Forward Looking Back
From the Archives
First Chair: Child prodigy, Oscar Shumsky, began playing the violin at the age of three. Declared a genius, the son of Russian Jews made his New York debut in 1934 and joined the NBC Symphony Orchestra in 1939. After serving in the U.S. Navy during World War II, Shumsky returned and began a teaching career that included Yale University and the Juilliard School. Notably, Shumsky’s violin was a 1715 Stradivarius once used by famed French violinist, Pierre Rode.
100 Years Ago
Reporting from Poland, Abraham Cahan writes how an otherwise intelligent hotelkeeper in Kalisz mistook him for an American Christian. As a result, the hotelkeeper spoke openly regarding Poland’s Jewish minority to someone she didn’t know was Jewish. The conversation started after Cahan mentioned the large numbers of poor Jews on the streets. “Don’t believe them,” the hotelkeeper said. “Sure, you see a lot of Jewish beggars, but each one of them has tons of money.” Cahan responded: “But I saw women who were walking in snow, almost barefooted. I saw a woman who wore half a shoe on one foot and none on the other.” The hotelkeeper smiled and replied: “That’s just for show. You don’t know these kikes; they’re a very crafty people. They’re good at business. Truth be told, they’re a very capable people. They know how to make money.”
75 Years Ago
About 12,000 people showed up to pay their last respects to Vladimir “Ze’ev” Jabotinsky, who died August 4 while on a visit to Camp Betar in Hunter, New York. Founder of the Jewish Legion, famed orator and Zionist leader, Jabotinsky was a fiery activ- ist who did things his own way, including creating a breakaway faction within the Zionist movement. The sidewalks and fire escapes were packed, and the police estimated that up to 30,000 people lined the route of the funeral procession. The funeral itself took place according to Jabotinsky’s wish, and no eulogies were given. As a result, the complete silence of the event made a deep and eerie impression. Everyone there knew that he or she was bidding farewell to one of the most colorful figures in Jewish life since the beginnings of modern Jewish nationalism.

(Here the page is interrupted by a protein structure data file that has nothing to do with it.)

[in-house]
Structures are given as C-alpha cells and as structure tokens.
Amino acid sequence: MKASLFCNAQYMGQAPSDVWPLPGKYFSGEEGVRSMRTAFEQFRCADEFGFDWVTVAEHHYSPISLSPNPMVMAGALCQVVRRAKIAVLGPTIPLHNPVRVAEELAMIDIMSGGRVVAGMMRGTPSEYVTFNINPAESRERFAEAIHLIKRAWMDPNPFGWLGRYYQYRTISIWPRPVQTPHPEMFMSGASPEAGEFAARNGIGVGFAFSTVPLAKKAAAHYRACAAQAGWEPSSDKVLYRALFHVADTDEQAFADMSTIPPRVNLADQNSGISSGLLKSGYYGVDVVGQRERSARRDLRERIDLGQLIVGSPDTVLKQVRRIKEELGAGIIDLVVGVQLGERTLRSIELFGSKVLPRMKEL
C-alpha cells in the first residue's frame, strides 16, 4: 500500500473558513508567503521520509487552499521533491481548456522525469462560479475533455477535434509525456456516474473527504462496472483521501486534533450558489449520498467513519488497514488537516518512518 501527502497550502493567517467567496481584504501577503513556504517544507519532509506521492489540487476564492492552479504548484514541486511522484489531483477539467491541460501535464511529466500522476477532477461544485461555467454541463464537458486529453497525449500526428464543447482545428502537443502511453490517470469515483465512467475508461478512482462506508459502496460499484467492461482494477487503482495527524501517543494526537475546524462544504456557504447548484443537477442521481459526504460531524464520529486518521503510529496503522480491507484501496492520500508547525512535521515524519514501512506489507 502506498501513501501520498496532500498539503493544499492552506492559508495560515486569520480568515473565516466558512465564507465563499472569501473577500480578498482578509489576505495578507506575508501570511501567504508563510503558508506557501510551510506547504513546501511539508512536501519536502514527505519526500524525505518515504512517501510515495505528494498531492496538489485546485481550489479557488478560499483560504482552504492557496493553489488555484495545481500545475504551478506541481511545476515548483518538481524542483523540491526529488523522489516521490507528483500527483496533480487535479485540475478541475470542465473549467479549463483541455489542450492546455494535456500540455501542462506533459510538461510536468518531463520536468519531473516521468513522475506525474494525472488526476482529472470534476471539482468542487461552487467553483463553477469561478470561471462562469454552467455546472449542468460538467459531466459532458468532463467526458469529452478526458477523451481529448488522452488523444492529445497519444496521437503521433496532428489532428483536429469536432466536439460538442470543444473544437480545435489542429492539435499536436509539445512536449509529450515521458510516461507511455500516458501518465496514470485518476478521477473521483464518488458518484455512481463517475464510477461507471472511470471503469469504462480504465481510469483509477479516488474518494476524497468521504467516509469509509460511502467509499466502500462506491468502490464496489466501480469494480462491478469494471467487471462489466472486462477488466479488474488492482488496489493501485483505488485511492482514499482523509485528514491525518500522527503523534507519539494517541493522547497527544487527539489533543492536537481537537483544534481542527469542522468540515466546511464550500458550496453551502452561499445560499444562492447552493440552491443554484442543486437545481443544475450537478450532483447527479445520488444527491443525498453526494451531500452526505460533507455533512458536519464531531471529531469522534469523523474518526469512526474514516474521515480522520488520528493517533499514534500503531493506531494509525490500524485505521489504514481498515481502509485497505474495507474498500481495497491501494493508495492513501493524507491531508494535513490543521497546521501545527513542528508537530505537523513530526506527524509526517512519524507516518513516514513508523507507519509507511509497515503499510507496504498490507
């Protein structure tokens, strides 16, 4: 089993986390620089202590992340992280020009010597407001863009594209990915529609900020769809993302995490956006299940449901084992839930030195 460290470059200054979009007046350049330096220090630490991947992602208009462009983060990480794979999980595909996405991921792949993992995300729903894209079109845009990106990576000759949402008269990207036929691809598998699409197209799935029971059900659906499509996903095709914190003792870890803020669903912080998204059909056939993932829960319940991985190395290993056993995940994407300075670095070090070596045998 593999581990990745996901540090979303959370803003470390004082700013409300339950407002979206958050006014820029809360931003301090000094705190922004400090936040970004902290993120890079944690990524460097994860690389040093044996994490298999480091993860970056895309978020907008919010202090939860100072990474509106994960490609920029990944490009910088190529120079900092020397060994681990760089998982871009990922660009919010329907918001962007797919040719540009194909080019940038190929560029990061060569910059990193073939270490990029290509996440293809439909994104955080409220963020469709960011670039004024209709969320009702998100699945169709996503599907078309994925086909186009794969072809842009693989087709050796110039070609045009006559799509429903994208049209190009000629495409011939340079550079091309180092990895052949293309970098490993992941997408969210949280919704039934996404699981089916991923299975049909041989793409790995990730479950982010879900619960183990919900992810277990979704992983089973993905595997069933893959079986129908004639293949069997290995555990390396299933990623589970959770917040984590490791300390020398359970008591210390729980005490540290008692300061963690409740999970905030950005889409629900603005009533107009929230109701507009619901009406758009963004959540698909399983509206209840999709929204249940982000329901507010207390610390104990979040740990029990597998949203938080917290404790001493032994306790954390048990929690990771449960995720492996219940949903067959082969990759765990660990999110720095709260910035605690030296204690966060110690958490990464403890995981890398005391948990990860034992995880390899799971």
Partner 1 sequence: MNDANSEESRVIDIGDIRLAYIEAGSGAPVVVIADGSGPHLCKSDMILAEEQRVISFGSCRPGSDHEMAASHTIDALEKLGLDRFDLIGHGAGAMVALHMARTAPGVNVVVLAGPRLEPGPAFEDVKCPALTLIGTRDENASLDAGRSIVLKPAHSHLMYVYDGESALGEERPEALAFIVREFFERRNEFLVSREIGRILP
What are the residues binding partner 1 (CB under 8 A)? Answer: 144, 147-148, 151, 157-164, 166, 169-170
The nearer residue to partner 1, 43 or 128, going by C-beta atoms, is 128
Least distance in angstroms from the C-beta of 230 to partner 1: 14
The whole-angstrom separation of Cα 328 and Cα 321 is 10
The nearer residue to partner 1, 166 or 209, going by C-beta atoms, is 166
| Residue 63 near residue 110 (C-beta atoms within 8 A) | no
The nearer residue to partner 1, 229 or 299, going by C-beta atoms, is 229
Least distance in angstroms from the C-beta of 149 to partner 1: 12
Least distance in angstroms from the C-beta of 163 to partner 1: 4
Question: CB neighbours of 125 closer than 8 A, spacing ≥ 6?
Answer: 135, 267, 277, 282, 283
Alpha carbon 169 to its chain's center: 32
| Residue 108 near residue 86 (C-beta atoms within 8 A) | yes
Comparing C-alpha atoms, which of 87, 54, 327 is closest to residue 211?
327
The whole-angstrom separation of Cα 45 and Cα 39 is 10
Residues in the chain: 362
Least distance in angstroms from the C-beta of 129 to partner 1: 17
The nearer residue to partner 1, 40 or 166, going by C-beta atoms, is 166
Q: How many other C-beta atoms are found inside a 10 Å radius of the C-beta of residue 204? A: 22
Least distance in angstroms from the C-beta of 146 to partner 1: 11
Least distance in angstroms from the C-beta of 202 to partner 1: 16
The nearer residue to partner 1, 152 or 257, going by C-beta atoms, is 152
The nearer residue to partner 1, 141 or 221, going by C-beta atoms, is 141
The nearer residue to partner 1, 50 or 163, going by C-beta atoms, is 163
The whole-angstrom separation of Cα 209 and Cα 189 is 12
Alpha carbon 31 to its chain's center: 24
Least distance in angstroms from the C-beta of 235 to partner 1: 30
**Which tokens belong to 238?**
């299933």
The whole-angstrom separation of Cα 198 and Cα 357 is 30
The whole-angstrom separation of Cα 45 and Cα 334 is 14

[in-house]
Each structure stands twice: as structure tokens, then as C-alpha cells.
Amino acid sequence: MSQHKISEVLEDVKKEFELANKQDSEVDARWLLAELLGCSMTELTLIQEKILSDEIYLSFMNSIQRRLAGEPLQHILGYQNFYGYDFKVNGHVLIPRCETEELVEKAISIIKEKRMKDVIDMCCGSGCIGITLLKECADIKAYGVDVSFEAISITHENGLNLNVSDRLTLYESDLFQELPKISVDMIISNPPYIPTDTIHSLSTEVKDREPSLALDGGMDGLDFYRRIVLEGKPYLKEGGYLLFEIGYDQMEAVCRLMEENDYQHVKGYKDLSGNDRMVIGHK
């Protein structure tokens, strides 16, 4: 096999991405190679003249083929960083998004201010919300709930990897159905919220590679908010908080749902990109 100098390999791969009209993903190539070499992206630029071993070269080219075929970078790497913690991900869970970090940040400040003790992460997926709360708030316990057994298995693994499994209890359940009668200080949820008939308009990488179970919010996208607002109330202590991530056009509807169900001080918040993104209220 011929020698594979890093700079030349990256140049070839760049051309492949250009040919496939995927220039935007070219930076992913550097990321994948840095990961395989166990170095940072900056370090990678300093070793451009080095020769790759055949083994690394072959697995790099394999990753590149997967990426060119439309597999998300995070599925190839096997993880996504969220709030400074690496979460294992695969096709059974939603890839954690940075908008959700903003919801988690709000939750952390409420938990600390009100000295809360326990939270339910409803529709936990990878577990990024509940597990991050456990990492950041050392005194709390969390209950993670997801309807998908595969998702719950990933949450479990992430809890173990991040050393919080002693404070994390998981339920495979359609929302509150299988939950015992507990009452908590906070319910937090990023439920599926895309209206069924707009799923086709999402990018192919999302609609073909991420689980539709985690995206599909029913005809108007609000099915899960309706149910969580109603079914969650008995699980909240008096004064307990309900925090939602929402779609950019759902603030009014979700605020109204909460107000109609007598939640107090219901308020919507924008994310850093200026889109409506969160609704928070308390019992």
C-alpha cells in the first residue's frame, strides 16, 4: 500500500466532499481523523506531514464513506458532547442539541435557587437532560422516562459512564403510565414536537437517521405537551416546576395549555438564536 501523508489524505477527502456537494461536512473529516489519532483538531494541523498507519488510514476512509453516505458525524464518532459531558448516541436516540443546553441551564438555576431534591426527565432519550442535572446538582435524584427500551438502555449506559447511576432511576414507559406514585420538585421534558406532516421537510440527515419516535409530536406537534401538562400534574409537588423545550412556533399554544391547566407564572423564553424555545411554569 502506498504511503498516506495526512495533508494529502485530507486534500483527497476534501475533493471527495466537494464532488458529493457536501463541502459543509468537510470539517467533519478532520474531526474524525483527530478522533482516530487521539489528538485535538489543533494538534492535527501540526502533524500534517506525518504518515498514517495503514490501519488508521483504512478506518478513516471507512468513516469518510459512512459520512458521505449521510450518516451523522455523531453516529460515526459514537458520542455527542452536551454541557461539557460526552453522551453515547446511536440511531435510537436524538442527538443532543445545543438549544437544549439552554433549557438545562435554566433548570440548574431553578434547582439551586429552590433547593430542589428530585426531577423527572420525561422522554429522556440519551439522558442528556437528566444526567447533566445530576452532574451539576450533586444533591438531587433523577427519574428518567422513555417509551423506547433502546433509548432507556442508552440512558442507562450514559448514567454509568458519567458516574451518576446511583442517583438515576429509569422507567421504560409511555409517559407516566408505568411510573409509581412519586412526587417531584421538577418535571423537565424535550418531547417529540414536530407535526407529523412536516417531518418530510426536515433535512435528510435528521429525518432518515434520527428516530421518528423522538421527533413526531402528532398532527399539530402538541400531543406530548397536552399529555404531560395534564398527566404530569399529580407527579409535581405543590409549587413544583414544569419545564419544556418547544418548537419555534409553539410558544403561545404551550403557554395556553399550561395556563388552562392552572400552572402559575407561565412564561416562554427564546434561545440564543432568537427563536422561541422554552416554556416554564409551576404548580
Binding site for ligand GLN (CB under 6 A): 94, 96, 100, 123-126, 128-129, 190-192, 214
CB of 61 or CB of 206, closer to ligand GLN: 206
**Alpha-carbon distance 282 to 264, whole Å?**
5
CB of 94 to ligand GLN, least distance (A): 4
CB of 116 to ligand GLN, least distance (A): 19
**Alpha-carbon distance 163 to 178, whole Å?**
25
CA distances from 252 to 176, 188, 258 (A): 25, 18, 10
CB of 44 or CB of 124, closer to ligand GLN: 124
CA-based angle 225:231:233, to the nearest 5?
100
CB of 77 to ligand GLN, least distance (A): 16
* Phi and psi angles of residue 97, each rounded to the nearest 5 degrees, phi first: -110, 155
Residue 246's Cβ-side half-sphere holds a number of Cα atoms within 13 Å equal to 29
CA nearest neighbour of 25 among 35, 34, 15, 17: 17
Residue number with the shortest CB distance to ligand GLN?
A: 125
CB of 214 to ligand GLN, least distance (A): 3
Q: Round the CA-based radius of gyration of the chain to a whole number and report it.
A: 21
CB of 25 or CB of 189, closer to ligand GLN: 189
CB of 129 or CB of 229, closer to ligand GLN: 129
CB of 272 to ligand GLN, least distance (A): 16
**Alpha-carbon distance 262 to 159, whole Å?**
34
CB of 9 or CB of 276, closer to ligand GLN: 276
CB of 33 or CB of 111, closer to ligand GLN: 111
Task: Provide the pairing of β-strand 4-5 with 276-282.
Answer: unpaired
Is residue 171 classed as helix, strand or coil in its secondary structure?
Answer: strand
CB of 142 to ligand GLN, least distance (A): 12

50 Years Ago
The Israeli Foreign Ministry has sent instructions to its ambassadors who are posted in powerful countries to convey a message emphasizing the security issues their country encounters due to the constant terror attacks that take place against them. The attacks, which have most often been attributed to the Al-Fatah terror group, have come mainly via the country of Jordan. Last Wednesday’s attack near Jerusalem was one of six that occurred during the past month. Though the world powers request frequently that Israel practice restraint in these situations, Israel will not continue to sit on their hands.